For all the pride which it engendered among contemporaries, who saw in the Tudor fisheries a nursery for English seamen and even a hallmark for the national identity, the fishing industry in the sixteenth century has received scant attention from English historians. This neglect has been doubly unfortunate. On the one hand, it leaves us in general ignorance of the industry itself: its organization, personnel, productivity, and economic importance in both national and regional terms. On the other, it has denied us the opportunity to observe a tradition-bound industry of considerable antiquity as it faced the political, economic, and technological changes of the post-medieval era.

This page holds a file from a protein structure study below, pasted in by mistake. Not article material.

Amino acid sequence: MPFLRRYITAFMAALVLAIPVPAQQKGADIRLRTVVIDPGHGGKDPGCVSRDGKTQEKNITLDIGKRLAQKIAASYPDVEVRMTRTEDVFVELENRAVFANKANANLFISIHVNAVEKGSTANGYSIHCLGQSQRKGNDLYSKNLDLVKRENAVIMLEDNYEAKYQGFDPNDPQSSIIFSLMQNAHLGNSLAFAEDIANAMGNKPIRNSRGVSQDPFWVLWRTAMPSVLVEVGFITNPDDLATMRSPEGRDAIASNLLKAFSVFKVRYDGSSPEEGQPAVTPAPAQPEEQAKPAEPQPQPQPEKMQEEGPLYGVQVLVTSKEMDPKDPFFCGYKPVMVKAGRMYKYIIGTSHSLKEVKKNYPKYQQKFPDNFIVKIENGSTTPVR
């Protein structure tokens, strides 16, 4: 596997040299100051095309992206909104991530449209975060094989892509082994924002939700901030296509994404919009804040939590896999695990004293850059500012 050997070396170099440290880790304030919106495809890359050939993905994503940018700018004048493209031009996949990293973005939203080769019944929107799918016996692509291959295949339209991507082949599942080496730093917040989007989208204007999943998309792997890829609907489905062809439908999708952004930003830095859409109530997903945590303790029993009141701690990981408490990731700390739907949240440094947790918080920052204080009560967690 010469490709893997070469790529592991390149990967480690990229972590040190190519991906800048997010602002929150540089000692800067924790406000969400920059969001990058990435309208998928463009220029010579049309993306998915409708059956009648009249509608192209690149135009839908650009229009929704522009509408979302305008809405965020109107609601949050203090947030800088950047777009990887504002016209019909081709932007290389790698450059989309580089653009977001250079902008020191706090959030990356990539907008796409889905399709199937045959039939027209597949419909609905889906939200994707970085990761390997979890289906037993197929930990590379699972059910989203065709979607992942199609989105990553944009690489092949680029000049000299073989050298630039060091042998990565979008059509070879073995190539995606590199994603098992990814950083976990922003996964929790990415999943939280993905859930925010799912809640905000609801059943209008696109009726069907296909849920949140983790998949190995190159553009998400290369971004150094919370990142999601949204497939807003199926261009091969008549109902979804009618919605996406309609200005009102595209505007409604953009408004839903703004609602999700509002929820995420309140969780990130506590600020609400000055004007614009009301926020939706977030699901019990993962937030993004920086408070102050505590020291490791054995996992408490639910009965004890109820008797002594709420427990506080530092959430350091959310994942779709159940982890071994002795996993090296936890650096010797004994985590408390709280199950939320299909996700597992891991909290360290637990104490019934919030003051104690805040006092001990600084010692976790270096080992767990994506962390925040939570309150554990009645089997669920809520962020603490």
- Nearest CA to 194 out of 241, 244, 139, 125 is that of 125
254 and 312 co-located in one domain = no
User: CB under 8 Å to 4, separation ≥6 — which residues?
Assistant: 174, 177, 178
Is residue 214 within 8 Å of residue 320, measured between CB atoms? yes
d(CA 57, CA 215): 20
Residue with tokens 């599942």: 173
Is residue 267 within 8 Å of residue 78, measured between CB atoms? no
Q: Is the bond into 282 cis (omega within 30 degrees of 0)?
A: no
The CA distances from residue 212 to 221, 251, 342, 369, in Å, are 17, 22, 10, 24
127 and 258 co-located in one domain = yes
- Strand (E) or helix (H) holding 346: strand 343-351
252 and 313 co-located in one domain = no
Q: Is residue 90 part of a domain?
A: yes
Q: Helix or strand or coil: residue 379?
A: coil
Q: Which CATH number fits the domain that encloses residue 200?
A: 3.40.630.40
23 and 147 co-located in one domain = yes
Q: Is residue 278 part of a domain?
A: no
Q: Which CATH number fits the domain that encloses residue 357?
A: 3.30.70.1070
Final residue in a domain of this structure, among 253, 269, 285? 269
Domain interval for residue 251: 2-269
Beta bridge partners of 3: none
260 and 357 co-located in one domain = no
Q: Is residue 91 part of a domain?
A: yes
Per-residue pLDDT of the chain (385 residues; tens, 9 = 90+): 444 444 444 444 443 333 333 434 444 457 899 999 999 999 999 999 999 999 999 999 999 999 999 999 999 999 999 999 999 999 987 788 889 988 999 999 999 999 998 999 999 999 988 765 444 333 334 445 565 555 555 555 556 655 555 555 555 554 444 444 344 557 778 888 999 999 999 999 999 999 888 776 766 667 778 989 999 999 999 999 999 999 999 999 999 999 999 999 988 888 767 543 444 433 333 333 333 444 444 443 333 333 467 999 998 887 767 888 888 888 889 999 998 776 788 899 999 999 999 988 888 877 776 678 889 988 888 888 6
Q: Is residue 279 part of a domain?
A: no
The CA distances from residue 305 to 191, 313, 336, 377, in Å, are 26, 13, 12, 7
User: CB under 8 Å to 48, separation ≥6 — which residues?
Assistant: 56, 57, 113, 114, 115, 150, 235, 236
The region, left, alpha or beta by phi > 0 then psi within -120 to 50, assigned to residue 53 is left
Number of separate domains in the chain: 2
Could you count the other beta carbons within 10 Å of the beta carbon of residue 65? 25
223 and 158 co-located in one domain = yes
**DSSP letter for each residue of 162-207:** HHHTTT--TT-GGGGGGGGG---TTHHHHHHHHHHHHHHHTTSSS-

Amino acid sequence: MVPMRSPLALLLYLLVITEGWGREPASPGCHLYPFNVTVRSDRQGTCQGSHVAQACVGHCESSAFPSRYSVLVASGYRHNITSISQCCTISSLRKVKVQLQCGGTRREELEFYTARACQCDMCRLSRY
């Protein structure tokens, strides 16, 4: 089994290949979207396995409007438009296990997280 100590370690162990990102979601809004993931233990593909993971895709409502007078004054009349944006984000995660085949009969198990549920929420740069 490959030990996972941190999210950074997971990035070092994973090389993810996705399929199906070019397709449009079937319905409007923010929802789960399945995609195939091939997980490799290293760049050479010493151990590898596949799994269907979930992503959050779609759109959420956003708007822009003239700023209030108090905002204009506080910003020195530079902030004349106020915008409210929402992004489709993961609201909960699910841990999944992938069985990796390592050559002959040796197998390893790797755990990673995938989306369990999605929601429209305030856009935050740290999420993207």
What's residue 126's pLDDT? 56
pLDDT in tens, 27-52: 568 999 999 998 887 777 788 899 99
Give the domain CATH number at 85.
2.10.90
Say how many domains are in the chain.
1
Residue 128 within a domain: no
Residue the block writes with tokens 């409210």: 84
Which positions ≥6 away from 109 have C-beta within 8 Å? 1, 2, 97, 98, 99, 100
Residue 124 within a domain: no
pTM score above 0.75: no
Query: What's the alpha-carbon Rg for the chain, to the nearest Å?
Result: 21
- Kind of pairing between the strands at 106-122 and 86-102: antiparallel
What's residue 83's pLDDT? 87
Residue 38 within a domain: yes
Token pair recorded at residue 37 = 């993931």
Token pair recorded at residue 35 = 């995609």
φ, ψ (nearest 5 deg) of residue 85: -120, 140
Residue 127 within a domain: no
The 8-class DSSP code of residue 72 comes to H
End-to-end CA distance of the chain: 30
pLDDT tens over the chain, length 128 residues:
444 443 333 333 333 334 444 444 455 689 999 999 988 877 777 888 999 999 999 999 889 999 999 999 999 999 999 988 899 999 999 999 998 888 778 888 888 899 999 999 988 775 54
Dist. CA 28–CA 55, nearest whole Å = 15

The format of an essay cannot reasonably encompass a detailed study of a major industry, but the selection of a particular case for study can at least present a helpful paradigm for the whole, and fill part of the void in the existing literature. The fishing industry of Great Yarmouth seems an appropriate choice. The fact that herring collected off the mouth of the River Yare each September for as far back as man can remember has made the association of Yarmouth and fishing as old as it is logical. Fishermen plied those grounds from at least the sixth century, making the town one of the earliest recorded fishing centres of Northern Europe, and well before the Conquest townsmen had dedicated their parish church to St. Nicholas, patron of fishermen. Throughout the Middle Ages Yarmouth stood alone as the chief supplier of herring, a dietary staple to the English market, and ranked near the top of the European fishing industry.